AQA - English Language Unit 1

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Alice Love
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Mind Map on AQA - English Language Unit 1, created by lauren5898 on 03/25/2015.

Resource summary

AQA - English Language Unit 1
1 Question 1
1.1 Don't just list facts, interpret + explain - to show that you understand the issue in the article
1.2 Focus on both aspects of the question + argument
1.3 Refer to the text - brief quotations
1.4 Don't...
1.4.1 comment on presentational features
1.4.2 analyse language
2 Question 2
2.1 Make links between presentational features + main part of article
2.2 QUOTE + site specific details from picture. Short, embedded quotations are best
2.3 Be specific about the effect
2.3.1 DON'T write- 'The headline makes the reader want to read on'
2.3.2 DO write - 'The sense of danger in the word '______' suggests '______' + makes the reader afraid, creating a mini-cliffhanger effect, which links to....'
2.4 Effect on reader + purpose
3 Question 3
3.1 Thoughts and feelings
3.2 Changes in thoughts + feelings
3.3 Quote examples + explain in detail
3.4 In depth analysis rather than covering lots of points in little detail
4 Question 4
4.1 Make sure you write about the text you've been asked to write about + compare to another
4.2 Don't talk about audience and purpose
4.3 Language effects
4.3.1 Sensory language - touch, taste, smell, sight, sound Used to create vivid picture of scene + increase whatever effect/theme the writer is trying to get across. Link to sounds. Comment on if it's a positive or negative mood. ‘The writer paints a negative picture of the scene with dull, depressing sensory language: ‘brown’ and thick, heavy words like ‘sludge’, ‘slop’ and ‘shriek’ which uses a sharp onomatopoeic sound to break, unpleasantly, into the mood.’
4.3.2 Figurative language: Mood Semantic field - a group of words referring to same topic, normally highlighting a particular mood. ‘Flames suggest it is burning, unstoppable, and links to the idea of ‘hell’. The semantic field of 'hell' suggests that this is moral evil, not just a bad situation.’
4.3.3 Sounds Sibilance Creates soft, gentle mood / sinister mood depending on context 'The sibilant sounds in ‘softly, sweetly, sickly’ creates a soft, gentle mood, which turns sinister on ‘sickly’ as the sounds flow across the line. The unusual shift in mood within the same, sibilant sound, creates a disturbing effect' Plosive B/p/t/d sounds create abrupt, sharp, shocking effect. Liquid L sounds can flow, creating sense of quick, light movement - or of water, or sound thick + heavy Alliteration - emphasises words + connects them 'Alliteration links the contrasting ideas of 'death' and 'delicious' to suggest a cake so good even death becomes delicious - that it's deadly, perhaps an intense experience.'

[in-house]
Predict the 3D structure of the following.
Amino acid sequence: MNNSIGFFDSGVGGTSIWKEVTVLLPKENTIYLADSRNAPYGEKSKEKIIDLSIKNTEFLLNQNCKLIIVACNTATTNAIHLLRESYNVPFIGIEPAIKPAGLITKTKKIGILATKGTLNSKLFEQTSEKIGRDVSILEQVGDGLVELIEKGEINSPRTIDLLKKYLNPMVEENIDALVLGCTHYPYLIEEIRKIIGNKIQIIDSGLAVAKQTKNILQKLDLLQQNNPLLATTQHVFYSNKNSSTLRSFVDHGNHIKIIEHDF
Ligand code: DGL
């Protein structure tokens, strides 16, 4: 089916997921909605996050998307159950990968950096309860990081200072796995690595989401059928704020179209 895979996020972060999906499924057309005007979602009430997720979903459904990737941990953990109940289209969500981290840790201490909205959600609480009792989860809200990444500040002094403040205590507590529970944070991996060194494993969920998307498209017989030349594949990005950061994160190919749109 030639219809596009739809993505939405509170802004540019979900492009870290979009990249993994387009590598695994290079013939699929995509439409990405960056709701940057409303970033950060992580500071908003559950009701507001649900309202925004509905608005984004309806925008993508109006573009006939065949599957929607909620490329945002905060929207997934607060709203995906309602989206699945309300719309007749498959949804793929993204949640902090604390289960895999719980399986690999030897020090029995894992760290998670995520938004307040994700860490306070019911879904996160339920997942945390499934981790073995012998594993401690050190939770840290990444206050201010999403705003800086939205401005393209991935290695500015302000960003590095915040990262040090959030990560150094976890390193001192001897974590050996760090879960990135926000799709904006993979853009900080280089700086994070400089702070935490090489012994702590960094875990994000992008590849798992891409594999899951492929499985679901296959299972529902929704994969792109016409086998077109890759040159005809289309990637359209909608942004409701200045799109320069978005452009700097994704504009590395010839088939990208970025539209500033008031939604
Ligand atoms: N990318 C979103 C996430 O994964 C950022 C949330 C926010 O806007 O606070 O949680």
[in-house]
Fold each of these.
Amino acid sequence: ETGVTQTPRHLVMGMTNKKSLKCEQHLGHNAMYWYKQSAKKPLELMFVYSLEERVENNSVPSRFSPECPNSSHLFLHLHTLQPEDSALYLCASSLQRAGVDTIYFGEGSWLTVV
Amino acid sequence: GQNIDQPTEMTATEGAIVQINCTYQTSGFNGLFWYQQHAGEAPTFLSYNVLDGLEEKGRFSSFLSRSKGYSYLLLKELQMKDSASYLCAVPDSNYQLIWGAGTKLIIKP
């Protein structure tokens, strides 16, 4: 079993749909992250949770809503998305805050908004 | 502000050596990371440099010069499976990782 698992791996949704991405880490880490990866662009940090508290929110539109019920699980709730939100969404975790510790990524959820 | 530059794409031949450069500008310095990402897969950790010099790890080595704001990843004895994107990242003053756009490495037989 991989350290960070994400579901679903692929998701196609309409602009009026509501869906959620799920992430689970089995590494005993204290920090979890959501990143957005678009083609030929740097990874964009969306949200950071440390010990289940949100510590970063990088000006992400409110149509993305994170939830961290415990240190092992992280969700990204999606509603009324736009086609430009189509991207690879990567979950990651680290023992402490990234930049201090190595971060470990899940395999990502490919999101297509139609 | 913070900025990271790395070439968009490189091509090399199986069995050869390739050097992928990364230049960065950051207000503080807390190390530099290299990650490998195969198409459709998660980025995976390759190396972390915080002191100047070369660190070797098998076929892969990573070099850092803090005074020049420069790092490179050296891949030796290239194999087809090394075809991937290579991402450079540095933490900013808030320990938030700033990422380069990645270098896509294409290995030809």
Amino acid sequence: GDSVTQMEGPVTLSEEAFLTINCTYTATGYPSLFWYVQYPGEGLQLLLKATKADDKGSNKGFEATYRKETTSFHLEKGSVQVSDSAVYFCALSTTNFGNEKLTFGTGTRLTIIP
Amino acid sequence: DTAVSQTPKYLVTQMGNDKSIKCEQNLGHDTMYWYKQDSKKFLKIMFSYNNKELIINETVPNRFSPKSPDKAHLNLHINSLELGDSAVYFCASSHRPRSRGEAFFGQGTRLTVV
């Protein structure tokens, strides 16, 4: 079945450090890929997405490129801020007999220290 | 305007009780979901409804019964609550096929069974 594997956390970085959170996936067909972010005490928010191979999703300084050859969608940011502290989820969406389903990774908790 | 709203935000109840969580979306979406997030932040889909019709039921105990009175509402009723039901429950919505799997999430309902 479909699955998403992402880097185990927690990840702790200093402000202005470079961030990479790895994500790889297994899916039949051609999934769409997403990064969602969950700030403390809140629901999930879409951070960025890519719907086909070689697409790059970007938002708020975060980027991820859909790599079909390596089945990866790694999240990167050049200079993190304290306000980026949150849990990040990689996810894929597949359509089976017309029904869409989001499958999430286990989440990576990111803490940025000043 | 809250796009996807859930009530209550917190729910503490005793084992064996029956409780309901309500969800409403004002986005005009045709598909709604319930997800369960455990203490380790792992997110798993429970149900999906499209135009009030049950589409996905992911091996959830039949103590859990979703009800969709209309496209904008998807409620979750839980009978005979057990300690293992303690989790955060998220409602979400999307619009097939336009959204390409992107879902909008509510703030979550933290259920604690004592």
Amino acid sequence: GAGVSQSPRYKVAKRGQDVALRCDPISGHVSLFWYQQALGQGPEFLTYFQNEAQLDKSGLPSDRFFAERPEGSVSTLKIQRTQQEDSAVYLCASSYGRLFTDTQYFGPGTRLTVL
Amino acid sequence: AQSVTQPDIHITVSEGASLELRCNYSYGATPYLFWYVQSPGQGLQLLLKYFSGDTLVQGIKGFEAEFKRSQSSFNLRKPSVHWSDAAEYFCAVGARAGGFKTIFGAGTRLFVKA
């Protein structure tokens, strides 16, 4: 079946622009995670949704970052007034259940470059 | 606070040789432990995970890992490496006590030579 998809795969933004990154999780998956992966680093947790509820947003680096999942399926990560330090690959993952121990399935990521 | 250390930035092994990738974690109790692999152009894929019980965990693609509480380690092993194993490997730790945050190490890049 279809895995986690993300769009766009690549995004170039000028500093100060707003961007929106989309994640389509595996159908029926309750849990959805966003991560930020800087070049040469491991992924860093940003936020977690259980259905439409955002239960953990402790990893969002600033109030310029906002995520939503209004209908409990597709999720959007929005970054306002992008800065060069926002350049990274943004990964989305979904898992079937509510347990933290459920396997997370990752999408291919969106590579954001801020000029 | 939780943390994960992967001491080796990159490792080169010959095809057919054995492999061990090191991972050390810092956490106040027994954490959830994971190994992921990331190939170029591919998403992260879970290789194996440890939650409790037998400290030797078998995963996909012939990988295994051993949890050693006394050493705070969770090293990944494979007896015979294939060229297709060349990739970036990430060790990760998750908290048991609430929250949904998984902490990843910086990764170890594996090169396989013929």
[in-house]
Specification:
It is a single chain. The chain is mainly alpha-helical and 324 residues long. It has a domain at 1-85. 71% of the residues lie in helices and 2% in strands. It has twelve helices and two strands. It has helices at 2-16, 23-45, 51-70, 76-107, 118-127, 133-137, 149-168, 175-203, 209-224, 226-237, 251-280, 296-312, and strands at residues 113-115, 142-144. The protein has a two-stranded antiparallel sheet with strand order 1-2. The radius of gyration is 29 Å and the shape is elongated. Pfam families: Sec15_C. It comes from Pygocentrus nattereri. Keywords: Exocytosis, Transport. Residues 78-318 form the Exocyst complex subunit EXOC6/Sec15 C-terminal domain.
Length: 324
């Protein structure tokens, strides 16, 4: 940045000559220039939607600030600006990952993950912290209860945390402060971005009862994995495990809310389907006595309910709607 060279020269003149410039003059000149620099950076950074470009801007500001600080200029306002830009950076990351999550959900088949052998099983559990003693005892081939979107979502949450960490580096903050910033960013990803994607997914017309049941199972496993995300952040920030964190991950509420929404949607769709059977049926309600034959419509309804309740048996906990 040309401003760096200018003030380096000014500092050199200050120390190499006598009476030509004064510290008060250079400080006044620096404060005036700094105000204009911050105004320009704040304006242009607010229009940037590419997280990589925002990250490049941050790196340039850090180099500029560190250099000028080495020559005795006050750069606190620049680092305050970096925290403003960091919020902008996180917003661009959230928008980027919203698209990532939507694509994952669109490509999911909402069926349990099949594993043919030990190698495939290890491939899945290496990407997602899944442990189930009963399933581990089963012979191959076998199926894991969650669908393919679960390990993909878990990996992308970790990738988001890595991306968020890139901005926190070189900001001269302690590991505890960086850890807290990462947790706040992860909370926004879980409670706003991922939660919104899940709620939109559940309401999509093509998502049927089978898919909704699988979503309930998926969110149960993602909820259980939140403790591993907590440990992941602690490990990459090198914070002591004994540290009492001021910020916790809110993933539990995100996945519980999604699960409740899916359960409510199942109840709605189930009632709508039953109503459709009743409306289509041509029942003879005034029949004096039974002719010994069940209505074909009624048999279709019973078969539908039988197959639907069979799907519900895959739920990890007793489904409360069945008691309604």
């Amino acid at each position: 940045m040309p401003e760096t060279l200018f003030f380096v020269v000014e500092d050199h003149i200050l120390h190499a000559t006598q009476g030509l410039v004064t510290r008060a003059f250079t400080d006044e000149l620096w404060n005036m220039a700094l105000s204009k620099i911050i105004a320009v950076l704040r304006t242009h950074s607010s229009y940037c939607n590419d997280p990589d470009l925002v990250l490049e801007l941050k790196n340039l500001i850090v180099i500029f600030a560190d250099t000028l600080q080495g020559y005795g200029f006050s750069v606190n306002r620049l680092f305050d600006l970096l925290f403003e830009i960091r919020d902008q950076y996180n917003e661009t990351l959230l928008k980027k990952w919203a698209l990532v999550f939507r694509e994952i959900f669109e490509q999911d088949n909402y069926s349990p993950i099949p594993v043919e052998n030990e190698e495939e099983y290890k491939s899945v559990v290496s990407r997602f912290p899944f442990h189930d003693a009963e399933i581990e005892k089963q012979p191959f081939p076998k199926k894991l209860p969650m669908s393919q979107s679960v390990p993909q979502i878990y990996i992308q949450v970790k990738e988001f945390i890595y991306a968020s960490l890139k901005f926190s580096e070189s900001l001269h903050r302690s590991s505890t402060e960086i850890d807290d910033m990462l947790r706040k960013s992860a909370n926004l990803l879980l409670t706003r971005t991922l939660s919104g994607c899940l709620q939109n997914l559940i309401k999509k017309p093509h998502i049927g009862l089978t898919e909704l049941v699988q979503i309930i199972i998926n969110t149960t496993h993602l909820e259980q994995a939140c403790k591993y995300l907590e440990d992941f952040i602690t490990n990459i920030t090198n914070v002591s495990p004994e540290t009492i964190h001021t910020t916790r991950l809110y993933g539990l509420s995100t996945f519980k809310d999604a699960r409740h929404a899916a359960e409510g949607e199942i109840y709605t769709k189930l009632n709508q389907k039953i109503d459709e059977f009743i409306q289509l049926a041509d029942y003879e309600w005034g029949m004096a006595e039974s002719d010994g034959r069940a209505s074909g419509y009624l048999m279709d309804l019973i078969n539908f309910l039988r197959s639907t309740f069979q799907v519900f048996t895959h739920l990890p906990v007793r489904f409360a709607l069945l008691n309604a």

4.3.4 Contrasts Juxtaposition Creates dramatic effect, emphasising qualities of each, or how something is out of place ‘The writer juxtaposes the old man with the freshness of his surroundings and the beauty of the spring. This emphasises his frailty, and the transient (fragile> quickly passing) nature of life.’ Antithesis - two words.ideas that are exact opposite ‘The imagery (or semantic field) of despair is set in antithesis to the theme of hope that runs through the piece. The writer suggests that even in such a ‘desolate’, ‘twisted’, ‘bleak’ landscape, we can still find ‘light.’ Th Oxymoron ‘The oxymoron ‘despairing hope’ shows the extent to which these conflicting emotions are intertwined - and perhaps in such a bad situation, hope becomes even more important.’ Superlative ‘The writer uses the superlative to show that the blue whale is the largest on earth, and yet terribly endangered. The juxtaposition of huge size and extreme vulnerability creates a shocking effect.’
4.3.5 Statistics - shows the sale of the thing, to fix a precise image in reader's mind about size of issue + importance
4.3.6 Facts 'The facts 'from Manchester to Mumbai' shows the scale of the problem' OR 'The specific facts about the balloon flight seem matter of fact, contrasting with the silliness of what the man did. Also, '45 helium balloons' seems not enough to cross something as big as 'the English channel'.'
4.4 DON'T write - 'The writer seems happy. I can tell this because he used happy words.'
4.5 DO write - 'The word 'glitters' and 'gold' suggest that the light is precious, but the natural beauty of the sunset is priceless, as if this is an experience he could have nowhere else.'
4.6 Be specific, give specific examples
4.7 Connotations of language and phrases in their CONTEXT
4.8 Examples
4.8.1 Band 1 The writer uses descriptive language such as ‘paradise’
4.8.2 Band 2 The writer uses descriptive language such as ‘paradise’ to show how beautiful the valley is.
4.8.3 Band 3 The writer uses descriptive language such as ‘paradise’ to show how beautiful the valley is. The words suggests that after walking for so long in the frozen snow, the characters have stumbled on a place that makes them feel confident they’ll be rescued.
4.8.4 Band 4 The writer uses descriptive language such as ‘paradise’ to show how beautiful the valley is. The words suggests that after walking for so long in the frozen snow, the characters have stumbled on a place that feels like heaven which makes them feel confident they’ll be rescued. The religious metaphor is continued with the words ‘blessed valley’ and ‘garden of eden’ the writer’s choice of language is almost suggesting a miracle has happened: the hand of god or some form of higher being has led them to this divine place and salvation.
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